No matter what happens between him and Joe Biden, and it isn’t over yet, Sanders deserves credit for some remarkable achievements. In the face of formidable establishmentarian opposition, Jewish, with a speaking manner that is anything but conventional in U.S. politics, relying only on small individual donations and promoting a political agenda many Americans would consider radical, Bernie Sanders currently controls 42% of the Democratic primary vote against a recent sitting vice president. Much of his agenda, including making college affordable, increasing the minimum wage, and improving the healthcare system, has become mainstream Democratic Party policy after many decades during which the party didn’t even pretend to give a damn about normal people. Bernie Sanders is running an issue-based campaign, not one based purely on personality. Even if he loses, historians will mark this election as evidence of the strength of progressive and left-leaning electoral politics.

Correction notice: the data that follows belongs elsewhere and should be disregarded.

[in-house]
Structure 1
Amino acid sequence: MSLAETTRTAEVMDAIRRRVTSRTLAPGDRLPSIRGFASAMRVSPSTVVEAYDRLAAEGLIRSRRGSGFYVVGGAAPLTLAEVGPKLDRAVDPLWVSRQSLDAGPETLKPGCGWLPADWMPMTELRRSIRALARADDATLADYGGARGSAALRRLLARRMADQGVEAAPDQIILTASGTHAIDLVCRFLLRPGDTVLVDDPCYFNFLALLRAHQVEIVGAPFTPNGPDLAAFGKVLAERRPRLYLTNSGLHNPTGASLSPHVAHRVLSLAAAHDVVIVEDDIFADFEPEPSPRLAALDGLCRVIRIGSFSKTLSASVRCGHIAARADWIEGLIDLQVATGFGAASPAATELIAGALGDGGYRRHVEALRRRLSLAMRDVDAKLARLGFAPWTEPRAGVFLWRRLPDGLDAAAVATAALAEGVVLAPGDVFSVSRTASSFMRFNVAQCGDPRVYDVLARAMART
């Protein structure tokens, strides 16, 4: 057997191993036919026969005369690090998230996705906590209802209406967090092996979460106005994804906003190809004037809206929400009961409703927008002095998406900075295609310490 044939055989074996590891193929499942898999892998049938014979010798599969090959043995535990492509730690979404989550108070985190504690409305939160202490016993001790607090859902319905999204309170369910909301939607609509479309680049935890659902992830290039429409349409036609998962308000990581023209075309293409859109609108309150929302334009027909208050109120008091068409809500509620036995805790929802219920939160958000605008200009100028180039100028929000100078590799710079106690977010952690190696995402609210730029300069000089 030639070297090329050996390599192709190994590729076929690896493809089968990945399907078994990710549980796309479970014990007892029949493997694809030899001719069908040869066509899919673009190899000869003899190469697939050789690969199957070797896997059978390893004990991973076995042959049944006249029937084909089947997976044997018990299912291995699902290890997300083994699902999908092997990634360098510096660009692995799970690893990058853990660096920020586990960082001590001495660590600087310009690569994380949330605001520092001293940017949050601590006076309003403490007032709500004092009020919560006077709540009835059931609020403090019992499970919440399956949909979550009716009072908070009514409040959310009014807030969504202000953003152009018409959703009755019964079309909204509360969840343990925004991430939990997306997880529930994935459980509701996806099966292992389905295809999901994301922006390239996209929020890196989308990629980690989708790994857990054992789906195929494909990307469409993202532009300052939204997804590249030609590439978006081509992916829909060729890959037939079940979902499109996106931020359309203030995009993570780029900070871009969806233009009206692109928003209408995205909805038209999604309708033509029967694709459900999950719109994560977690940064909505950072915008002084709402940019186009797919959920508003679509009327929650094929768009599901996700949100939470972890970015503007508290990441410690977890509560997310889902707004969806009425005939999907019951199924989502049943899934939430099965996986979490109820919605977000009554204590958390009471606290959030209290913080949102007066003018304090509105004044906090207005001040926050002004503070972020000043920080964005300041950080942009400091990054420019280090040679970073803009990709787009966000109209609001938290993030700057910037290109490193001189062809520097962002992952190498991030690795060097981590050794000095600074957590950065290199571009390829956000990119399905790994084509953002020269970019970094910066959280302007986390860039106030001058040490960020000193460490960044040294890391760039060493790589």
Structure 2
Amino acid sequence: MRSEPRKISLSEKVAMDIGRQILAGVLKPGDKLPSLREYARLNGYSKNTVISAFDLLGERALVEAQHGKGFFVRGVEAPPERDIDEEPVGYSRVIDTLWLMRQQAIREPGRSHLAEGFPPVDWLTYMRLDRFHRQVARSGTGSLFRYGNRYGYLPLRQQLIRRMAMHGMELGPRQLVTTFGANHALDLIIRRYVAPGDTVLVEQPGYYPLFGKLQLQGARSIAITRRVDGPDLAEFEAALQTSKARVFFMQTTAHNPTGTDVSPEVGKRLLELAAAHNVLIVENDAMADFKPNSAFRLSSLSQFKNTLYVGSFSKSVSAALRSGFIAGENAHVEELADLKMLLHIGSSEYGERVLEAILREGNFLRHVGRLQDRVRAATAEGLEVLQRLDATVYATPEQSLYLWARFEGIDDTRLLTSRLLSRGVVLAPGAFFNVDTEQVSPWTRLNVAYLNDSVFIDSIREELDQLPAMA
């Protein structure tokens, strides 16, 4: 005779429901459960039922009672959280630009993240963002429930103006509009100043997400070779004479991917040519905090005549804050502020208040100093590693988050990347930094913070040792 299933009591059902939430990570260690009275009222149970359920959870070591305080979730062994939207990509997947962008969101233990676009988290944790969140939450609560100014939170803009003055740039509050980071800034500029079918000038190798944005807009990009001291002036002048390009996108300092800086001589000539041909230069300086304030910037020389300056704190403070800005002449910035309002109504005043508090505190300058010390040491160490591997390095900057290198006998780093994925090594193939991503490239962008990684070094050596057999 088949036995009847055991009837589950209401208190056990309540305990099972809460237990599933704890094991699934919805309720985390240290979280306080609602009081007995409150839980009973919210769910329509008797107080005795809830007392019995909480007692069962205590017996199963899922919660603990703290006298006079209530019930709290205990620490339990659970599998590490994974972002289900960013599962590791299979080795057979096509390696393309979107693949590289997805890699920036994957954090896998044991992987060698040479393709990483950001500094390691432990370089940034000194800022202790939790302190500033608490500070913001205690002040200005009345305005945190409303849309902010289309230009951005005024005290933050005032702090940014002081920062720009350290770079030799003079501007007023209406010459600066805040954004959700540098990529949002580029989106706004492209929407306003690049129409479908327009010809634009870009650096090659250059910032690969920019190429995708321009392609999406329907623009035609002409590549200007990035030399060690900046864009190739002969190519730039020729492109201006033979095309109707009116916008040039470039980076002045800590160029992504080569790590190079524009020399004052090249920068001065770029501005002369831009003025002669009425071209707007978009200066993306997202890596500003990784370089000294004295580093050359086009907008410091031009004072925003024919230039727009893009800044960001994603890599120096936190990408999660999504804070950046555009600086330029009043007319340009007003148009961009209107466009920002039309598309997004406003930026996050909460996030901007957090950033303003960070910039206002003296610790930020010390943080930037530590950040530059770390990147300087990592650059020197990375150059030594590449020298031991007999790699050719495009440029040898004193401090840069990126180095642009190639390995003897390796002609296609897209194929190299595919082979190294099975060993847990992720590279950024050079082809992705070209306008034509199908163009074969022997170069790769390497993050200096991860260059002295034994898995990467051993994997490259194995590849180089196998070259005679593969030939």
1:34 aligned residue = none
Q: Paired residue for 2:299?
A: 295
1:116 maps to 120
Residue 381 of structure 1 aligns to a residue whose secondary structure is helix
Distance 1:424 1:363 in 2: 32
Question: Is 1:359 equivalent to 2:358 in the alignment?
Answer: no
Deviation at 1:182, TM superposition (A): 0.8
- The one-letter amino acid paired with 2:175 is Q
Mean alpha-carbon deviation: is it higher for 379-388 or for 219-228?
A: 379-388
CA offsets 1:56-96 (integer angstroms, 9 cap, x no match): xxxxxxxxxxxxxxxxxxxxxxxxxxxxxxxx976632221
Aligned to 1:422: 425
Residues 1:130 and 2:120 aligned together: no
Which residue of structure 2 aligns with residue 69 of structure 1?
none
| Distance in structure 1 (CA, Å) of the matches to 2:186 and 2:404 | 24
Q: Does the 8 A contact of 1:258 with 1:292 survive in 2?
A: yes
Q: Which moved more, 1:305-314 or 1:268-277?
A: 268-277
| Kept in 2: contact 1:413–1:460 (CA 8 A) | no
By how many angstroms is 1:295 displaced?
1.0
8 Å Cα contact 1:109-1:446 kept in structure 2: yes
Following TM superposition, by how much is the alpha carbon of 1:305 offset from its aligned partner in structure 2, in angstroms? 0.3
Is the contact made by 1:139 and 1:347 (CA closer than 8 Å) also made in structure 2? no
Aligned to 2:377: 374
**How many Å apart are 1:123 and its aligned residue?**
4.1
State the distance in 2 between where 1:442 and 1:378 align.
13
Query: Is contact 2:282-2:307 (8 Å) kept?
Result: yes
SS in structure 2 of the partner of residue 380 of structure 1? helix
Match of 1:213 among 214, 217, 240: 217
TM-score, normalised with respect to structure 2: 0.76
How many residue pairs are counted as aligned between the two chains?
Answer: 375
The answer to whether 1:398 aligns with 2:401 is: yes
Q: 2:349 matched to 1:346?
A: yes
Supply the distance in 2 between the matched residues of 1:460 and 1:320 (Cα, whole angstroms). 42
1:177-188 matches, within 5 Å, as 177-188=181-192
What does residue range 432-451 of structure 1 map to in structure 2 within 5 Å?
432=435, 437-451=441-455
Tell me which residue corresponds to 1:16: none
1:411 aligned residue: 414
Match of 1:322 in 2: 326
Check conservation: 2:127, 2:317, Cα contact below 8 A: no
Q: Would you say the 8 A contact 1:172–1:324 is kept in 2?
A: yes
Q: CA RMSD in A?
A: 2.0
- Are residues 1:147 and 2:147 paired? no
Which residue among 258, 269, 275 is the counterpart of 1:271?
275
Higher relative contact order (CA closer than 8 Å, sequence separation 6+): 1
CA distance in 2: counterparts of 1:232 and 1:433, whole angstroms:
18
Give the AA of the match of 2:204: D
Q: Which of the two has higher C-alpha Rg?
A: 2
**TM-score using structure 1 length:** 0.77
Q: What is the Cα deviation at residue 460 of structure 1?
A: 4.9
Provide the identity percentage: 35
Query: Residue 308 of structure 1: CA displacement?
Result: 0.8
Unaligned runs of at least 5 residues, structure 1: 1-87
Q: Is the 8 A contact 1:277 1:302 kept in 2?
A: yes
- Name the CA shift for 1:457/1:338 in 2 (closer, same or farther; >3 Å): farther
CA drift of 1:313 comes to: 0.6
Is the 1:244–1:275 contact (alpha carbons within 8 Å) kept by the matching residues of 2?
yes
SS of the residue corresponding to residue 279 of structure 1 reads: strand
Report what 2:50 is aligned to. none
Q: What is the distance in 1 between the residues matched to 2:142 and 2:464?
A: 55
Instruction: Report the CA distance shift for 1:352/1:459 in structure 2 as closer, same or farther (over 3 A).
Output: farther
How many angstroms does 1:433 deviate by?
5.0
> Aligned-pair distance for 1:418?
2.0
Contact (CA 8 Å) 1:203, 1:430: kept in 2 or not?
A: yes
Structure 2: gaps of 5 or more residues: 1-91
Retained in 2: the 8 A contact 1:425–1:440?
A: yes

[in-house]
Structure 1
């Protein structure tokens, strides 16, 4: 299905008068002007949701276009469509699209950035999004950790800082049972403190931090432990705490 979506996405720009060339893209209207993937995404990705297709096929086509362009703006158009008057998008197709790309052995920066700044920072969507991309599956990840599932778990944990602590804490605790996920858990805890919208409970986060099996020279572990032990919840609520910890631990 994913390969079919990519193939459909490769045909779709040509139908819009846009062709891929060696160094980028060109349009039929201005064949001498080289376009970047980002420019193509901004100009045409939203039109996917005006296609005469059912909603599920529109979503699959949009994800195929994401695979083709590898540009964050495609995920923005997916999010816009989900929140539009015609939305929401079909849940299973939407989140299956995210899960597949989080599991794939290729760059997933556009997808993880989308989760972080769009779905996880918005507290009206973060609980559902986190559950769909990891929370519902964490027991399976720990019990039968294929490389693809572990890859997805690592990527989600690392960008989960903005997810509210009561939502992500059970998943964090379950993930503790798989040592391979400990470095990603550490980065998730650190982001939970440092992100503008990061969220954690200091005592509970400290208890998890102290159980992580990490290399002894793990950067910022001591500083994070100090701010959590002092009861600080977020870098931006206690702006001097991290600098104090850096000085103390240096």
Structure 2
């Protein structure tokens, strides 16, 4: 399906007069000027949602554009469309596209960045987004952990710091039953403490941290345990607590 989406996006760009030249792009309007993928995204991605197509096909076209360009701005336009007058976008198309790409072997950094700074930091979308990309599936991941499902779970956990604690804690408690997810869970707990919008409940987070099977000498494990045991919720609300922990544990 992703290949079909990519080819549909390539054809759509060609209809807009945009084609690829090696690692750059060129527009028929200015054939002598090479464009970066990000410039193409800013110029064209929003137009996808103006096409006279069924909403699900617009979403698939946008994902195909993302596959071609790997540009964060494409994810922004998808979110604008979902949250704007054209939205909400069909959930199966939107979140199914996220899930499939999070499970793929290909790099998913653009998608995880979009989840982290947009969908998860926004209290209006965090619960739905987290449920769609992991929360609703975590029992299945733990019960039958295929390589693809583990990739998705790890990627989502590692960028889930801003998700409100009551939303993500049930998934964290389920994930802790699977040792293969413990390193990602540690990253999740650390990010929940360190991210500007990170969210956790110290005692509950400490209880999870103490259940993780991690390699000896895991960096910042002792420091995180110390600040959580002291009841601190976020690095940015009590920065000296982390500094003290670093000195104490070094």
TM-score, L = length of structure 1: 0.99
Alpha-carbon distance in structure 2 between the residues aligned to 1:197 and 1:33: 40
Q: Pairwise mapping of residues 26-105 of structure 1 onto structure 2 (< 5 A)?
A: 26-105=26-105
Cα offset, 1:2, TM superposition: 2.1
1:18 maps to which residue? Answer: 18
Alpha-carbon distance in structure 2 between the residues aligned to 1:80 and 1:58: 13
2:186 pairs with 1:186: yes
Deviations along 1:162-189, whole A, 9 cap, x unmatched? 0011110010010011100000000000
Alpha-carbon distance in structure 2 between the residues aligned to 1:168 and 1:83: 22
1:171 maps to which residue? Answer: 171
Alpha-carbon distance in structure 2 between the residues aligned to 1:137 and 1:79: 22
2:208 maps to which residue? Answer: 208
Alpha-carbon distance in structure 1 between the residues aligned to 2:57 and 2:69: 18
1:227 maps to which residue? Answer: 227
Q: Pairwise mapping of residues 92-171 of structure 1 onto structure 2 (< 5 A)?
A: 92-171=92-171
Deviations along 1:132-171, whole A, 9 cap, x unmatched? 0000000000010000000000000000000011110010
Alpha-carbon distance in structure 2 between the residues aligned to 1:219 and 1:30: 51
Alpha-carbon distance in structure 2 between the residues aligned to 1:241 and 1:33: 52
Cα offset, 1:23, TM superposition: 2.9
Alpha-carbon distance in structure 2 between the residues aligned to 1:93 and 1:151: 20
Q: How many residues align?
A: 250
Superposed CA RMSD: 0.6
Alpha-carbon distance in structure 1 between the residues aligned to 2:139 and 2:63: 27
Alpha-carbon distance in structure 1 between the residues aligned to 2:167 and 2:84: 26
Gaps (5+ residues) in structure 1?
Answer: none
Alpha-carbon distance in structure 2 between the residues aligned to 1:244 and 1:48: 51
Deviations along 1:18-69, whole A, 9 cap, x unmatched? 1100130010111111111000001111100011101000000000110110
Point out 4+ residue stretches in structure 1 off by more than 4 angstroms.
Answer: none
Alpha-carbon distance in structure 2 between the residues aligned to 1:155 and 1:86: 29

But he’s not perfect. There are things that he could have/could still do better.
Politics is first and foremost about framing, and Sanders isn’t great at it. “Medicare for All” is meaningless to millions of Americans who have had no contact with Medicare and don’t know anything about it. “Free healthcare” would have been easier to understand and would not have turned off or confused union members who already have decent healthcare plans. “Free college tuition,” on the other hand, tells too little of the story. Sanders’ plan only helps low-income college students but many voters seem to still think that he wanted to use their taxes to help out children of wealthy people. The “Green New Deal” hasn’t been defined or well-publicized beyond the fact that it would be expensive.